I met Volodymyr Rusanov, a 72-year-old man living in a bombed-out apartment building near Kharkiv. He patched the blown-out windows, ran an extension cord from another building and sealed off other rooms so that he and his wife can survive the winter in their bedroom with a space heater when the power works. He hikes to a well half a mile away to fetch water and hauls it up the stairs to his 10th-floor apartment, and he showed me how he can cook borscht with a small stove using firewood. And he’s ready to take on the Russian army himself.
“My legs can still walk,” Rusanov told me. “My fingers still work well. I will take a gun in my hand and fight.”
What animates Ukrainians, and should animate Americans and West Europeans, is the brutality with which Russia wages war. There are lots of complicated issues in international relations, but this is stark: Russia has tried to annex part of a sovereign country and persistently commits crimes against humanity.
Mykhailo Chendey, 67, told me how the Russians arrested him and accused him (falsely, he said) of helping the Ukrainian army. The first interrogation began with a beating that broke his arm so that the bone protruded through his skin, he said, and was followed by electric shocks.
Chendey said he heard the screams of others being tortured, including women, and saw the bodies of two people who had apparently been tortured to death.
After torture left Chendey vomiting blood and unconscious, a Ukrainian guard persuaded the Russians to allow an ambulance to take Chendey to a hospital. He was in a coma for three days there, his wife, Valentyna, said.
This is not to say that all Russian soldiers have been monsters. Ordinary Ukrainians who lived for months under Russian occupation told me that some Russian soldiers were well behaved and thought they were rescuing Ukrainians from fascists. There was looting and torture, villagers said, but this was not universal and varied by military unit.
Putin’s strategy in Ukraine seems an echo of his approach in Chechnya beginning in 1999 and in Syria in 2015: Inflict such pain on civilians that continued resistance is impossible. Oleksandr Filchakov, chief prosecutor for the Kharkiv region, said his team is investigating 7,700 war crimes by Russians in the area, from executions to the targeting of schools. The liberation of Kherson in the last few days has led to similar reports of torture chambers uncovered there.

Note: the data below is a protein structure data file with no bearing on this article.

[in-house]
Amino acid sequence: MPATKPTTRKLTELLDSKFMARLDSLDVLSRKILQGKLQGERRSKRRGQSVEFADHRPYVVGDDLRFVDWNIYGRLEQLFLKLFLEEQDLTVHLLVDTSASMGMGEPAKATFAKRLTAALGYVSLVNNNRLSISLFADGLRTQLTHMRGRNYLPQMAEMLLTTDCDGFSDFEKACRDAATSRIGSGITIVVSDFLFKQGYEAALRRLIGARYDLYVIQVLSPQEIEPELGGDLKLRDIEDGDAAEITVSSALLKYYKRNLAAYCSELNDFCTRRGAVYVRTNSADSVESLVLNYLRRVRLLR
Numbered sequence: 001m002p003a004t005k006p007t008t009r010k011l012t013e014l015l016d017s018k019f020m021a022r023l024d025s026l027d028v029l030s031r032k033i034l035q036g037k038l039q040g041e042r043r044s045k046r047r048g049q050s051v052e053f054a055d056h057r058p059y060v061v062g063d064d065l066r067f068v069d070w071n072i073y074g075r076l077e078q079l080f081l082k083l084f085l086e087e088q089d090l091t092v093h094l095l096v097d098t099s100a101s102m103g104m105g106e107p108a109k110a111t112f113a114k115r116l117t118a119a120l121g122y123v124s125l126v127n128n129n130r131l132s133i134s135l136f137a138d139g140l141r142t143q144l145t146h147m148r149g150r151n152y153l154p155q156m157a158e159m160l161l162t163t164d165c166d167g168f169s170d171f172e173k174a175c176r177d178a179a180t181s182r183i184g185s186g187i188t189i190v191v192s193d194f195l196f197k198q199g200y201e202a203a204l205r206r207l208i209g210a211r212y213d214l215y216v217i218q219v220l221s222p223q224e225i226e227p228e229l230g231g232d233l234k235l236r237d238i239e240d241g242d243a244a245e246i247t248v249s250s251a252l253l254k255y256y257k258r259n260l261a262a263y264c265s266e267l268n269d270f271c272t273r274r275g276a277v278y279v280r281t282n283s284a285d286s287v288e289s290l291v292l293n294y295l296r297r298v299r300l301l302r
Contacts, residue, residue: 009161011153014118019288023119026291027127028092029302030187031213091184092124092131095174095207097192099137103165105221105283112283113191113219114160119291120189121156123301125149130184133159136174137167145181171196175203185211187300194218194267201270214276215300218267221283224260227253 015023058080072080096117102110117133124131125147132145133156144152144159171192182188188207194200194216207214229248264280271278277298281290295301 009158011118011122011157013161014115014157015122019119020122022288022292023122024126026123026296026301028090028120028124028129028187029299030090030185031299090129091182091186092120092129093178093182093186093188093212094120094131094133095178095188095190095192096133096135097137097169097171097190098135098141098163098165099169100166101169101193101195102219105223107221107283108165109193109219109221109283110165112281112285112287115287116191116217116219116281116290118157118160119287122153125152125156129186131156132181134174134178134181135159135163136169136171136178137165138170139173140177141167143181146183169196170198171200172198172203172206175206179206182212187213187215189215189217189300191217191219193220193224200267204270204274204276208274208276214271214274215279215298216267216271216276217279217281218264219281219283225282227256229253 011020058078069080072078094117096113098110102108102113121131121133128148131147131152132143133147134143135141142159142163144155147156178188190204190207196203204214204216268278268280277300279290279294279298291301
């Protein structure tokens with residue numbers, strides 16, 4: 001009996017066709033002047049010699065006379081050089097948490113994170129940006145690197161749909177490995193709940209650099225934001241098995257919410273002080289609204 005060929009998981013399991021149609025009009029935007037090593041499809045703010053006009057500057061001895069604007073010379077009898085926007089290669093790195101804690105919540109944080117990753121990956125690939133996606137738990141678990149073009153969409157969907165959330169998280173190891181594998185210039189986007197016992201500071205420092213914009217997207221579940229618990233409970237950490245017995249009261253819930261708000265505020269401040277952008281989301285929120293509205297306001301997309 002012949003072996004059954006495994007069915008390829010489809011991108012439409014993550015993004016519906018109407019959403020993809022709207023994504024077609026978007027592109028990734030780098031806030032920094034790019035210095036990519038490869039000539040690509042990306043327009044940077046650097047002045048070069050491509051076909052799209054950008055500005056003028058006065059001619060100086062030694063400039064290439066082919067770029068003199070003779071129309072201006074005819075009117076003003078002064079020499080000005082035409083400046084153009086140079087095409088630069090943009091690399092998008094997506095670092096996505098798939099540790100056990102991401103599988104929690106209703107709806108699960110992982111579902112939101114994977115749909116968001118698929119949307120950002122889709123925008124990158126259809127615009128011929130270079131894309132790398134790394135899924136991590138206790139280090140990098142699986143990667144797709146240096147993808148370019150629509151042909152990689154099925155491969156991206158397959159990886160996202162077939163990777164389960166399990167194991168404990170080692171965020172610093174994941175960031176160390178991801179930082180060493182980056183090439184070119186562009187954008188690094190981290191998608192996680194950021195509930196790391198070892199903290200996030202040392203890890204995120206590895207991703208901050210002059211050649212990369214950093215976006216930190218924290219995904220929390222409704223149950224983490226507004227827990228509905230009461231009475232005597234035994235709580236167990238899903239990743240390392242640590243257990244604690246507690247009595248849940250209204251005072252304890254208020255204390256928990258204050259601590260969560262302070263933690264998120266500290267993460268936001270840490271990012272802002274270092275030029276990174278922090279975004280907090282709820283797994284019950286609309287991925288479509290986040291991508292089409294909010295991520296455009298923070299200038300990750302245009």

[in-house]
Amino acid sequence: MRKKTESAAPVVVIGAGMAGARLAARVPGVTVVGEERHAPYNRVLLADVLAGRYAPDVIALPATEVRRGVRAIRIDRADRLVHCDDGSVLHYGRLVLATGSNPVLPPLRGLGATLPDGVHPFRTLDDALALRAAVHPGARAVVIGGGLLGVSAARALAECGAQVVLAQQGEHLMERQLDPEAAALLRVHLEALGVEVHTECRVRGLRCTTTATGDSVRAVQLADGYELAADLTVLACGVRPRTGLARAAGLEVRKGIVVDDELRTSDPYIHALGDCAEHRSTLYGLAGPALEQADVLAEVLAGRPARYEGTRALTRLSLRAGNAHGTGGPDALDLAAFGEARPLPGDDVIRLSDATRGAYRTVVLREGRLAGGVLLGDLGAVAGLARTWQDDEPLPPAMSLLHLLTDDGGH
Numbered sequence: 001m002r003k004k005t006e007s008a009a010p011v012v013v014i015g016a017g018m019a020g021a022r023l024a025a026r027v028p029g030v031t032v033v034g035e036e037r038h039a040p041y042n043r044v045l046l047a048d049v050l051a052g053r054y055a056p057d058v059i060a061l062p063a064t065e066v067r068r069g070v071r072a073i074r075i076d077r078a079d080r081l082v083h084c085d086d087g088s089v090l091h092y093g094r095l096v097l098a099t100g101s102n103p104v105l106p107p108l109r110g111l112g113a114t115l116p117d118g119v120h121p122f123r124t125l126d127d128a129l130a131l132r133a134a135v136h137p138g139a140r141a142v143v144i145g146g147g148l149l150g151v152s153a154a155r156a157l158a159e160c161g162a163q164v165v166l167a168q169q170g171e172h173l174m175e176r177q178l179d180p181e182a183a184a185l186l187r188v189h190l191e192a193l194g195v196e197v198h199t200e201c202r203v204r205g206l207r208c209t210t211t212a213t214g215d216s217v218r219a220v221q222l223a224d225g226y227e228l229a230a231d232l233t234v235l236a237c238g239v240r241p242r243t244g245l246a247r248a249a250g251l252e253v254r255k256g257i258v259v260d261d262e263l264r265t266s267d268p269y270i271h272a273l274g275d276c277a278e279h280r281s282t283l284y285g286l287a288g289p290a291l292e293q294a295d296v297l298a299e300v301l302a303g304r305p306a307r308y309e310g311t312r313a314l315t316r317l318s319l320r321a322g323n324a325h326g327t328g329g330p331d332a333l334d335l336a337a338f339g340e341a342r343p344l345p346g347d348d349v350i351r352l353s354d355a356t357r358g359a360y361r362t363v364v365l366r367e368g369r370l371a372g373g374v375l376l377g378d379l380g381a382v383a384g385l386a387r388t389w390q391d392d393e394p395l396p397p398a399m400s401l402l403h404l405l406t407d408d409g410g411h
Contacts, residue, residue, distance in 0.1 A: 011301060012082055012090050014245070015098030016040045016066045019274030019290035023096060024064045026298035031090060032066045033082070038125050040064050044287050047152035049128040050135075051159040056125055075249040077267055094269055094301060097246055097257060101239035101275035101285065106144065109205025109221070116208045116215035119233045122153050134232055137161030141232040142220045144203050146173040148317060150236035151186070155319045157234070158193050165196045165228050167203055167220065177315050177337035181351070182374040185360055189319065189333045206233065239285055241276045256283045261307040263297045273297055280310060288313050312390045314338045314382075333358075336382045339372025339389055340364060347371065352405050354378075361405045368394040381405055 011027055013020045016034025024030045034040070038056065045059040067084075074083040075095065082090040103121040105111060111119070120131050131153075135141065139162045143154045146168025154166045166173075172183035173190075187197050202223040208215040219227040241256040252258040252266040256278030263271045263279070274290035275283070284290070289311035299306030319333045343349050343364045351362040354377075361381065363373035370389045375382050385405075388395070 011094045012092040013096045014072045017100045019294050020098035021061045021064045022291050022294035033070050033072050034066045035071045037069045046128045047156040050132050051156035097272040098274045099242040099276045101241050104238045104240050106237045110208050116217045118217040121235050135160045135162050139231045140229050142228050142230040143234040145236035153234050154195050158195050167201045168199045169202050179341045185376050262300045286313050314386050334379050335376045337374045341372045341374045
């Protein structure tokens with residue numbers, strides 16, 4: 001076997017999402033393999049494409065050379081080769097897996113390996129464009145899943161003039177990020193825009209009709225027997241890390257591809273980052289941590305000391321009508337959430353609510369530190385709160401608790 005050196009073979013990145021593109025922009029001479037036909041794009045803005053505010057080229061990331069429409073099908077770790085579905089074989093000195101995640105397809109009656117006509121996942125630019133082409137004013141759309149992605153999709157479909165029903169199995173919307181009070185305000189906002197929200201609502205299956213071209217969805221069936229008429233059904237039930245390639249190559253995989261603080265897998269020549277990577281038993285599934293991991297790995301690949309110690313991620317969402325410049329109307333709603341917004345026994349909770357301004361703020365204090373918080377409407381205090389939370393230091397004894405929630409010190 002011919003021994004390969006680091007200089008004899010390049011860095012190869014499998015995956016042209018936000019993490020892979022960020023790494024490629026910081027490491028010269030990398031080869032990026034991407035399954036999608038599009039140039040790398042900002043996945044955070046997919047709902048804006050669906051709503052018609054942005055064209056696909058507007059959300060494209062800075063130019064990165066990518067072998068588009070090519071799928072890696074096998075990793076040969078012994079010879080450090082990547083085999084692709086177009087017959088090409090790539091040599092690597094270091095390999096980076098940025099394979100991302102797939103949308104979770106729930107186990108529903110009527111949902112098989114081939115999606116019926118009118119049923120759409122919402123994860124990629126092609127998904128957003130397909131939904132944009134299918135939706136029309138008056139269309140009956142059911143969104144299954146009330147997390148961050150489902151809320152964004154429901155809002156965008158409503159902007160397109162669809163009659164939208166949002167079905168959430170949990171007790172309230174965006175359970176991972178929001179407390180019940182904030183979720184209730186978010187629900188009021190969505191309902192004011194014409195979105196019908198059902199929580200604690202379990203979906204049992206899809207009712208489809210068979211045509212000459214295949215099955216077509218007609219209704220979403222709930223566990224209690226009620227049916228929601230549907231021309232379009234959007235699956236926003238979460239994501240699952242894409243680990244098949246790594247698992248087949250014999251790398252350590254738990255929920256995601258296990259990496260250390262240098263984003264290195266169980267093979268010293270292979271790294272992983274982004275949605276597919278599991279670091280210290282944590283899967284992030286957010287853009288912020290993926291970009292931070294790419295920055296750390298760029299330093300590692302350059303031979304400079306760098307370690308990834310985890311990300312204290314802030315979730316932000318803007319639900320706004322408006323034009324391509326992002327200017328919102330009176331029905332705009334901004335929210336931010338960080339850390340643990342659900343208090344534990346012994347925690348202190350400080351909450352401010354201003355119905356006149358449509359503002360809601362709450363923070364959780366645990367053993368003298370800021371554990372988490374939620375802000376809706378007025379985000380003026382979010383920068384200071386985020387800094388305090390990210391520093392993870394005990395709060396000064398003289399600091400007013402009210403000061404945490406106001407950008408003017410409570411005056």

The atrocities provide a moral reason to support Ukraine, but there’s also a practical reason to do so. Many Americans and Europeans think that the West is doing Ukraine a favor by providing weaponry, but it’s actually Ukrainians who are offering themselves as a human shield in ways that benefit the West.
“Ukrainian resistance provides extraordinary security benefits to Americans,” noted Timothy Snyder, a Ukraine expert at Yale. “The least we can do is be on our own side.”
U.S. military planners have long worried about a Russian attack on Baltic countries in NATO. But at enormous cost in lives, Ukraine has so degraded Russia’s armed forces that the risk of that today is far lower.
Ukraine’s resistance may also increase the possibility that Putin himself will be toppled. That might lead to the rise of aggressive militarists who would be more likely to use nuclear weapons, but it could also moderate Russia and lead to a safer world while ending the dictatorship in neighboring Belarus and the division of Moldova and Georgia.
The most important way in which Ukraine is arguably making the world safer is farther to the east. If Russia is defeated in Ukraine, China could take that as a warning and be less likely to move on Taiwan, reducing the risk of a cataclysmic war between the United States and China. Republicans hawkish on China should understand that one of the most effective ways to stand up to Beijing and support Taiwan is to back Ukraine.
None of this is to say that the United States or Europe should entirely defer to President Volodymyr Zelenskyy. He has been masterly since the invasion, but his bungling of the run-up to it shows that he has no great insight into Putin, and a prolonged war will claim lives of children starving in Somalia and elsewhere because of higher food prices. It may be that at some point outsiders should encourage Zelenskyy to make concessions (as he offered early in the conflict).